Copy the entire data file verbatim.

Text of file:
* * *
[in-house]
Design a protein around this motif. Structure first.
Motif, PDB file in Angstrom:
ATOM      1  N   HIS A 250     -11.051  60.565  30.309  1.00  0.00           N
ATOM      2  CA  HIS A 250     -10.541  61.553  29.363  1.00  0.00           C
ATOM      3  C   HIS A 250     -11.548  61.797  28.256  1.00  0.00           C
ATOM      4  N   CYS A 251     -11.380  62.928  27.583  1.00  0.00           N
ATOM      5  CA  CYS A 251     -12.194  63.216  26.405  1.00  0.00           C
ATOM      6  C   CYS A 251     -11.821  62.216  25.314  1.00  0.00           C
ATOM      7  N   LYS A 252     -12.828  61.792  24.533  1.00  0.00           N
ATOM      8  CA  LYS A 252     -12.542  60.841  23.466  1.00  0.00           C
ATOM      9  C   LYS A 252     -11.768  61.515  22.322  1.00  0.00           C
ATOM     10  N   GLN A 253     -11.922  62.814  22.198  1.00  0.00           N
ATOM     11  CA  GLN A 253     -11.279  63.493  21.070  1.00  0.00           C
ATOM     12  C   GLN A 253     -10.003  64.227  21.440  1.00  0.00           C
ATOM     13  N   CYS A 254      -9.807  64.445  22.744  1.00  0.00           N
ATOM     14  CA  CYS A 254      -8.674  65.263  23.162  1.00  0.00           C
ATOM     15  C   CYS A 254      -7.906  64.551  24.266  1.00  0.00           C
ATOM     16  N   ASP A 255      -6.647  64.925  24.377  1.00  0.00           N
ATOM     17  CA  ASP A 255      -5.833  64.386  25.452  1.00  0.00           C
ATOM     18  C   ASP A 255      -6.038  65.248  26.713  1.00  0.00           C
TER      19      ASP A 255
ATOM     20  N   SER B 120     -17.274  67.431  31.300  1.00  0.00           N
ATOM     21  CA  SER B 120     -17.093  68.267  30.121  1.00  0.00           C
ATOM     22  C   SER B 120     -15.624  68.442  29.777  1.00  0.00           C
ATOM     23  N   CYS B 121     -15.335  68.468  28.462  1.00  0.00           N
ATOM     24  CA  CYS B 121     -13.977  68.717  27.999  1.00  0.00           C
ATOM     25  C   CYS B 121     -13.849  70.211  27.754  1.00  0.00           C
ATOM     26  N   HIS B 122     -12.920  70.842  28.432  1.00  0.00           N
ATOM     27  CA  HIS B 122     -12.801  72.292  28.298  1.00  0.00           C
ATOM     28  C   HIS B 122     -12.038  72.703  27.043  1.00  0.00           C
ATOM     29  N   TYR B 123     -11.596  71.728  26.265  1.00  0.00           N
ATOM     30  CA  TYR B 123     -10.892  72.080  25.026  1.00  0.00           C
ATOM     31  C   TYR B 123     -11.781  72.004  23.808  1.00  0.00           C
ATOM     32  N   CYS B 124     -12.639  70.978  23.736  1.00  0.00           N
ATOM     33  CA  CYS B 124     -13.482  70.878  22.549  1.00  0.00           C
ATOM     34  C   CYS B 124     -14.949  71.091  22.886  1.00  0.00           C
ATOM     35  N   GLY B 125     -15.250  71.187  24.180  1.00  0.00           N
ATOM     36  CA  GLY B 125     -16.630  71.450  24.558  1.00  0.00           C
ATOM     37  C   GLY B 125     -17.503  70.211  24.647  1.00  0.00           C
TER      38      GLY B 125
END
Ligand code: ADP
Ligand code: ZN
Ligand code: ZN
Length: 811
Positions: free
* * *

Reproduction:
[in-house]
Design a protein around this motif. Structure first.
Motif, PDB file in Angstrom:
ATOM      1  N   HIS A 250     -11.051  60.565  30.309  1.00  0.00           N
ATOM      2  CA  HIS A 250     -10.541  61.553  29.363  1.00  0.00           C
ATOM      3  C   HIS A 250     -11.548  61.797  28.256  1.00  0.00           C
ATOM      4  N   CYS A 251     -11.380  62.928  27.583  1.00  0.00           N
ATOM      5  CA  CYS A 251     -12.194  63.216  26.405  1.00  0.00           C
ATOM      6  C   CYS A 251     -11.821  62.216  25.314  1.00  0.00           C
ATOM      7  N   LYS A 252     -12.828  61.792  24.533  1.00  0.00           N
ATOM      8  CA  LYS A 252     -12.542  60.841  23.466  1.00  0.00           C
ATOM      9  C   LYS A 252     -11.768  61.515  22.322  1.00  0.00           C
ATOM     10  N   GLN A 253     -11.922  62.814  22.198  1.00  0.00           N
ATOM     11  CA  GLN A 253     -11.279  63.493  21.070  1.00  0.00           C
ATOM     12  C   GLN A 253     -10.003  64.227  21.440  1.00  0.00           C
ATOM     13  N   CYS A 254      -9.807  64.445  22.744  1.00  0.00           N
ATOM     14  CA  CYS A 254      -8.674  65.263  23.162  1.00  0.00           C
ATOM     15  C   CYS A 254      -7.906  64.551  24.266  1.00  0.00           C
ATOM     16  N   ASP A 255      -6.647  64.925  24.377  1.00  0.00           N
ATOM     17  CA  ASP A 255      -5.833  64.386  25.452  1.00  0.00           C
ATOM     18  C   ASP A 255      -6.038  65.248  26.713  1.00  0.00           C
TER      19      ASP A 255
ATOM     20  N   SER B 120     -17.274  67.431  31.300  1.00  0.00           N
ATOM     21  CA  SER B 120     -17.093  68.267  30.121  1.00  0.00           C
ATOM     22  C   SER B 120     -15.624  68.442  29.777  1.00  0.00           C
ATOM     23  N   CYS B 121     -15.335  68.468  28.462  1.00  0.00           N
ATOM     24  CA  CYS B 121     -13.977  68.717  27.999  1.00  0.00           C
ATOM     25  C   CYS B 121     -13.849  70.211  27.754  1.00  0.00           C
ATOM     26  N   HIS B 122     -12.920  70.842  28.432  1.00  0.00           N
ATOM     27  CA  HIS B 122     -12.801  72.292  28.298  1.00  0.00           C
ATOM     28  C   HIS B 122     -12.038  72.703  27.043  1.00  0.00           C
ATOM     29  N   TYR B 123     -11.596  71.728  26.265  1.00  0.00           N
ATOM     30  CA  TYR B 123     -10.892  72.080  25.026  1.00  0.00           C
ATOM     31  C   TYR B 123     -11.781  72.004  23.808  1.00  0.00           C
ATOM     32  N   CYS B 124     -12.639  70.978  23.736  1.00  0.00           N
ATOM     33  CA  CYS B 124     -13.482  70.878  22.549  1.00  0.00           C
ATOM     34  C   CYS B 124     -14.949  71.091  22.886  1.00  0.00           C
ATOM     35  N   GLY B 125     -15.250  71.187  24.180  1.00  0.00           N
ATOM     36  CA  GLY B 125     -16.630  71.450  24.558  1.00  0.00           C
ATOM     37  C   GLY B 125     -17.503  70.211  24.647  1.00  0.00           C
TER      38      GLY B 125
END
Ligand code: ADP
Ligand code: ZN
Ligand code: ZN
Length: 811
Positions: free